Tracking parameters, metrics and artifacts

You can use then MLflow in Azure Databricks in the same way as you're used to. For details see Log & view metrics and log files.

Logging models with MLflow

After your model is trained, you can log it to the tracking server with the mlflow.<model_flavor>.log_model() method. <model_flavor>, refers to the framework associated with the model. Learn what model flavors are supported. In the following example, a model created with the Spark library MLLib is being registered:

mlflow.spark.log_model(model, artifact_path = "model")

It's worth to mention that the flavor spark doesn't correspond to the fact that we are training a model in a Spark cluster but because of the training framework it was used (you can perfectly train a model using TensorFlow with Spark and hence the flavor to use would be tensorflow).

Models are logged inside of the run being tracked. That means that models are available in either both Azure Databricks and Azure Machine Learning (default) or exclusively in Azure Machine Learning if you configured the tracking URI to point to it.

Important

Notice that here the parameter registered_model_name has not been specified. Read the section Registering models in the registry with MLflow for more details about the implications of such parameter and how the registry works.

Registering models in the registry with MLflow

As opposite to tracking, model registries can't operate at the same time in Azure Databricks and Azure Machine Learning. Either one or the other has to be used. By default, the Azure Databricks workspace is used for model registries; unless you chose to set MLflow Tracking to only track in your Azure Machine Learning workspace, then the model registry is the Azure Machine Learning workspace.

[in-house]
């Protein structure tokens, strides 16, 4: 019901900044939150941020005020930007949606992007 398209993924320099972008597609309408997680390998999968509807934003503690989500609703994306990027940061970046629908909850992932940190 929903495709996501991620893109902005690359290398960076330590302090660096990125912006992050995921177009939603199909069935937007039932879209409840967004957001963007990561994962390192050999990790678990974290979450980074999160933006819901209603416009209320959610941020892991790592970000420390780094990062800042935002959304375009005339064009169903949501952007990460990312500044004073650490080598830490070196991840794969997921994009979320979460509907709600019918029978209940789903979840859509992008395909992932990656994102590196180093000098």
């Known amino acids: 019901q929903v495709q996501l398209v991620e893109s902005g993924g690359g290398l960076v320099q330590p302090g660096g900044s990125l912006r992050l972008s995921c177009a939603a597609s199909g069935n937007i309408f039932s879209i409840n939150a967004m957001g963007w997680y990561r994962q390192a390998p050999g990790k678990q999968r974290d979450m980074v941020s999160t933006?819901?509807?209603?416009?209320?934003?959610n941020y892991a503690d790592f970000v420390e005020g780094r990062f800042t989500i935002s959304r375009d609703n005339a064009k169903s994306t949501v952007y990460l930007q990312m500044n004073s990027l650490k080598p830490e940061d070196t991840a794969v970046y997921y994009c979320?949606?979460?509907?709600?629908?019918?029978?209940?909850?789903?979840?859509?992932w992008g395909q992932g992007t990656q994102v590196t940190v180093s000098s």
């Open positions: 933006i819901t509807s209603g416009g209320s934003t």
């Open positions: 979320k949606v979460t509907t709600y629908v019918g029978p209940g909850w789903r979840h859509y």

Then, considering you're using the default configuration, the following line will log a model inside the corresponding runs of both Azure Databricks and Azure Machine Learning, but it will register it only on Azure Databricks:

mlflow.spark.log_model(model, artifact_path = "model", 
                       registered_model_name = 'model_name')  
  • If a registered model with the name doesn’t exist, the method registers a new model, creates version 1, and returns a ModelVersion MLflow object.

  • If a registered model with the name already exists, the method creates a new model version and returns the version object.

Using Azure Machine Learning Registry with MLflow

If you want to use Azure Machine Learning Model Registry instead of Azure Databricks, we recommend you to set MLflow Tracking to only track in your Azure Machine Learning workspace. This will remove the ambiguity of where models are being registered and simplifies complexity.

However, if you want to continue using the dual-tracking capabilities but register models in Azure Machine Learning, you can instruct MLflow to use Azure ML for model registries by configuring the MLflow Model Registry URI. This URI has the exact same format and value that the MLflow tracking URI.

mlflow.set_registry_uri(azureml_mlflow_uri)

Note

The value of azureml_mlflow_uri was obtained in the same way it was demostrated in Set MLflow Tracking to only track in your Azure Machine Learning workspace

For a complete example about this scenario please check the example Training models in Azure Databricks and deploying them on Azure ML.

Deploying and consuming models registered in Azure Machine Learning

Models registered in Azure Machine Learning Service using MLflow can be consumed as: